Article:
Hell has published in many ACS journals, including the Journal of the American Chemical Society, Nano Letters, Biochemistry, Langmuir, Bioconjugate Chemistry, Macromolecules and ACS Nano.

"ACS is exceptionally proud of Dr. Hell's accomplishments," said Madeleine Jacobs, executive director and chief executive officer of ACS. "But we are also extremely proud of all nine Kavli Prize winners — in the fields of nanoscience, astrophysics and neuroscience — fields that rely on ‘chemistry, the central science' for their advancement and understanding. ACS has been fortunate to have a long-standing relationship with the Kavli Foundation, which supports lectures at our national meetings. It is fitting that these announcements were made on the day that Fred Kavli, who died in November 2013, is being honored with a scientific symposium in New York. He would have been proud of the Kavli Prize winners."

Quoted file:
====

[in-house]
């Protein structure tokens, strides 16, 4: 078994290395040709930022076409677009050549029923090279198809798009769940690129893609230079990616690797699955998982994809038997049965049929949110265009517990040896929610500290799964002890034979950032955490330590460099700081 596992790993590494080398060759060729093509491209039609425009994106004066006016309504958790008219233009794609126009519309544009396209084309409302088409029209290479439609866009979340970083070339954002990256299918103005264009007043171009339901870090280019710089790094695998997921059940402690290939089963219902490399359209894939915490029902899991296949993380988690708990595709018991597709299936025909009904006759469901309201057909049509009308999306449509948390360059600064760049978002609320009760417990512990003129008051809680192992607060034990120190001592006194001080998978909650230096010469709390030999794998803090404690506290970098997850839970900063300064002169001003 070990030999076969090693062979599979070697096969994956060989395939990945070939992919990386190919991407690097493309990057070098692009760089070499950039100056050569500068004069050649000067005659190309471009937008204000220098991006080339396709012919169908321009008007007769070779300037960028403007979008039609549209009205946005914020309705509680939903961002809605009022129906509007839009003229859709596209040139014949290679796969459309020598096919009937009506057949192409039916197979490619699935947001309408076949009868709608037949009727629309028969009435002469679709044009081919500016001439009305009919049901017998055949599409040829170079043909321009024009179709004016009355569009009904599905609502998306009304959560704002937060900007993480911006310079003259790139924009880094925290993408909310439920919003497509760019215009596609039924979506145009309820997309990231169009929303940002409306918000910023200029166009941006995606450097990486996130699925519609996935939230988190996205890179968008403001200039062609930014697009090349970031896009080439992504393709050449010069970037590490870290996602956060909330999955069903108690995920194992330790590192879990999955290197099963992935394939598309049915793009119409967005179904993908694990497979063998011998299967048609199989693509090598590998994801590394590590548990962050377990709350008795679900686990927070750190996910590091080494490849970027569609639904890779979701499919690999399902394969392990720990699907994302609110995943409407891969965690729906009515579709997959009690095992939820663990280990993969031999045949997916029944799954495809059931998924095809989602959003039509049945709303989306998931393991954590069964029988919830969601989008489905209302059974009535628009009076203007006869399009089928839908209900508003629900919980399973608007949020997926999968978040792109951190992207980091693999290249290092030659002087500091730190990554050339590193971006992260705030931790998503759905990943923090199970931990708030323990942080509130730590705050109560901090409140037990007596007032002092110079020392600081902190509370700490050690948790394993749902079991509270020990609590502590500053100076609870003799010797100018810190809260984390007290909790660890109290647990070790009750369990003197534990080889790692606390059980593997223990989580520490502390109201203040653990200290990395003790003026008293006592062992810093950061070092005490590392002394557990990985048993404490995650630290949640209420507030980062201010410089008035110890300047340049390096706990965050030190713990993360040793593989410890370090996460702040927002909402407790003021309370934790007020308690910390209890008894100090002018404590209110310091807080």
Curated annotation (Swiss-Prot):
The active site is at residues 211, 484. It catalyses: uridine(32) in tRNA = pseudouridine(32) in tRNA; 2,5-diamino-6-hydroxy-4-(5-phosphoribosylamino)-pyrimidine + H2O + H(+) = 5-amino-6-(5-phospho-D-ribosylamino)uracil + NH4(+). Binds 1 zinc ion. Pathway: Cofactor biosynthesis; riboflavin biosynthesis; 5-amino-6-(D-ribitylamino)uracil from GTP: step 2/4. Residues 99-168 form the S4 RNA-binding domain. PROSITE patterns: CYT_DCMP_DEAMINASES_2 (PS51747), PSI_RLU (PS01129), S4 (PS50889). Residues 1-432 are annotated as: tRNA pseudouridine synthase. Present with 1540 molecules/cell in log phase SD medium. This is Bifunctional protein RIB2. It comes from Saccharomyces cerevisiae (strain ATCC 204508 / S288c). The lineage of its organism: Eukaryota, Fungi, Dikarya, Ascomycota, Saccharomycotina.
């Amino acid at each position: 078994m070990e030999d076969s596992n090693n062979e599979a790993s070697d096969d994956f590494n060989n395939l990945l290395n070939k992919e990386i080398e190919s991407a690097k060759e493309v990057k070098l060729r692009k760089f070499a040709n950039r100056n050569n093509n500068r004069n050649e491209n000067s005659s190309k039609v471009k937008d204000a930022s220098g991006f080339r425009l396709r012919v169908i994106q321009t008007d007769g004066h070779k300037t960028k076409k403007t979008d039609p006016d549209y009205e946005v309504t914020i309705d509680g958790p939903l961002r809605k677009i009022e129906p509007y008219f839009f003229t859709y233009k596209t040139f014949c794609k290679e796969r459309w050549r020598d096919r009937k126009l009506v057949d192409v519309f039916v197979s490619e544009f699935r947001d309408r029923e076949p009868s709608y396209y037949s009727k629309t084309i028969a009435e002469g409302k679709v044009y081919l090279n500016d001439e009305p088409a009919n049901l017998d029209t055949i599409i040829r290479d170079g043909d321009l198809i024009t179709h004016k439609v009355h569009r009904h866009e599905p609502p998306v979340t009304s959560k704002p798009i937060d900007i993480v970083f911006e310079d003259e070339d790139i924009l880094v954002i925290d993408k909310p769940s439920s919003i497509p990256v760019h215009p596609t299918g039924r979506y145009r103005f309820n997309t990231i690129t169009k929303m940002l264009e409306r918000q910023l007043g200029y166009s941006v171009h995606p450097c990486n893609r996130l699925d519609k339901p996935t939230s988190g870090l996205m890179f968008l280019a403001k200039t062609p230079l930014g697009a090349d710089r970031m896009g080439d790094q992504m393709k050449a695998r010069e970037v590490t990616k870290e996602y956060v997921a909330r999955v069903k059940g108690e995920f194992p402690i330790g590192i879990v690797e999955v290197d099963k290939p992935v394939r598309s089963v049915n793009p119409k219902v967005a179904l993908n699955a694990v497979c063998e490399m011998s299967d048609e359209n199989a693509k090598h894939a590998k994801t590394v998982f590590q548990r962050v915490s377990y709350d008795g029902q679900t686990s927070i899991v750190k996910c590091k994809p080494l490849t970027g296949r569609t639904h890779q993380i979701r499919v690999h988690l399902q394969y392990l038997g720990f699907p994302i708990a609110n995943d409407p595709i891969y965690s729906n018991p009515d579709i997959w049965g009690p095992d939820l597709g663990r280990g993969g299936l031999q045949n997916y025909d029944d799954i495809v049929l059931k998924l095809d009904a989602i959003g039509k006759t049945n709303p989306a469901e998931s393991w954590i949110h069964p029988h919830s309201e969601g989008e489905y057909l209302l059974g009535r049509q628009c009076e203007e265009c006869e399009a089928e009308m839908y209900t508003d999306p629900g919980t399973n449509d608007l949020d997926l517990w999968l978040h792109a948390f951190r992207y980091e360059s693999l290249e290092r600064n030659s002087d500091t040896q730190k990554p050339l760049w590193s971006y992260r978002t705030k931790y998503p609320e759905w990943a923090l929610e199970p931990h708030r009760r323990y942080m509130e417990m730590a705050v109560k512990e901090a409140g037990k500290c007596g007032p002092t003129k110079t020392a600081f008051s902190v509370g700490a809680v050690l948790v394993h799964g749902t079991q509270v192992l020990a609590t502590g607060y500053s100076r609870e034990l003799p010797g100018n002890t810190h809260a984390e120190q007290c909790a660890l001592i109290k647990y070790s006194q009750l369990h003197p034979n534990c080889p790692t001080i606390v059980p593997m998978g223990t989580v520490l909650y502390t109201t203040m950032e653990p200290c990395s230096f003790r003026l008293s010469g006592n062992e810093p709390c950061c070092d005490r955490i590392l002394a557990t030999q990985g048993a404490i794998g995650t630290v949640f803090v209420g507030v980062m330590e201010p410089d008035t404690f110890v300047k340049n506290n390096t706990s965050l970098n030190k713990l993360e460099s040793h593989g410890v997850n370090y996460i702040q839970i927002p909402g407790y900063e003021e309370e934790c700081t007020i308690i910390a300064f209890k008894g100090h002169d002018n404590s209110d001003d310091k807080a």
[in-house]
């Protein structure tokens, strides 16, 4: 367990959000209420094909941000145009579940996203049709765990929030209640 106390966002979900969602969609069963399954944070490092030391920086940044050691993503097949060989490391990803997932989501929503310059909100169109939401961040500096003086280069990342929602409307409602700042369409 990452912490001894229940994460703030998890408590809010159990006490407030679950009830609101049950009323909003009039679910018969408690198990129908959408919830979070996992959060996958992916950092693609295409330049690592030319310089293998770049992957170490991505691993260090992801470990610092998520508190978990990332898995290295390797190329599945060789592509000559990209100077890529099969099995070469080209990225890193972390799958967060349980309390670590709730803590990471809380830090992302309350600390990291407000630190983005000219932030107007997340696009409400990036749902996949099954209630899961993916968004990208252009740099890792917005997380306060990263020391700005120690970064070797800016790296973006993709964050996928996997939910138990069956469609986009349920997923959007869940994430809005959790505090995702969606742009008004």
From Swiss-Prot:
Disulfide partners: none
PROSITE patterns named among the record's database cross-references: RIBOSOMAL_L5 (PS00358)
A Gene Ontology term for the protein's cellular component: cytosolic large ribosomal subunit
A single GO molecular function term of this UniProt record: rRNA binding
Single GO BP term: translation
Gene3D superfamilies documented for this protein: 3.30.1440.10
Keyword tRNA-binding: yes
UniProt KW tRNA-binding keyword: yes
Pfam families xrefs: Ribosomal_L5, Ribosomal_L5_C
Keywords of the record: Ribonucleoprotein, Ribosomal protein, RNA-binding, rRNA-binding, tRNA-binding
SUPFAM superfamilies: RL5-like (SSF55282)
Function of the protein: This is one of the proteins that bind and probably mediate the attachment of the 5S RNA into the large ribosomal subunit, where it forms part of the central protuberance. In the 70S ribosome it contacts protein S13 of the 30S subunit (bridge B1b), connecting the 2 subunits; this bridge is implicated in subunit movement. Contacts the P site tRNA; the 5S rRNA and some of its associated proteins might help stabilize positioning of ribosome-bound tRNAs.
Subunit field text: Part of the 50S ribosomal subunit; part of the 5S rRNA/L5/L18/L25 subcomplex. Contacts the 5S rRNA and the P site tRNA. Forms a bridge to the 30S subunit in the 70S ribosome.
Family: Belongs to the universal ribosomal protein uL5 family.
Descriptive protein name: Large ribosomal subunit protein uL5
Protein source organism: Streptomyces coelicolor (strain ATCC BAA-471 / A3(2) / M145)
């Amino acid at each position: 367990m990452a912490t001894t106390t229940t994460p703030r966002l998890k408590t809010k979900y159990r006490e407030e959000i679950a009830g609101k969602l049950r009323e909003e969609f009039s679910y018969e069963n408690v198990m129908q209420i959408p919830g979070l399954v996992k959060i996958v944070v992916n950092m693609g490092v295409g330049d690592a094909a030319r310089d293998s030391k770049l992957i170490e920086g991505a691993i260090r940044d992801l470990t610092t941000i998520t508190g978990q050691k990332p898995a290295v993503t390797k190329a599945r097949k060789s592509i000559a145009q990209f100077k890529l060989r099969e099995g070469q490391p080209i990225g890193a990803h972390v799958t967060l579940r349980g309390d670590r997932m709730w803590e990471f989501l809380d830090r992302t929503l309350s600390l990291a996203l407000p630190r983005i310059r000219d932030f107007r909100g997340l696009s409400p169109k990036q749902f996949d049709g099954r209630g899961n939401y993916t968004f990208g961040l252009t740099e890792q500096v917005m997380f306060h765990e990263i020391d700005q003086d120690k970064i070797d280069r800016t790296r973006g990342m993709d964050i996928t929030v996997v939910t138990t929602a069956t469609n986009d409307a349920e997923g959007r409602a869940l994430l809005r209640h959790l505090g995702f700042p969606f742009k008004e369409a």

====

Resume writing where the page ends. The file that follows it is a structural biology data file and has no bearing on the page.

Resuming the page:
Winners of the Kavli Prize in Astrophysics and the Kavli Prize in Neuroscience were also named. All the 2014 laureates will be honored at a ceremony in Oslo, Norway, on September 9.

Named after inventor, businessman and philanthropist Fred Kavli (1927 - 2013), The Kavli Prize is a partnership of The Norwegian Academy of Science and Letters, The Kavli Foundation and The Norwegian Ministry of Education and Research. Its goal is to recognize exceptional scientific research, promote public understanding of science and foster international cooperation among scientists.

####

About American Chemical Society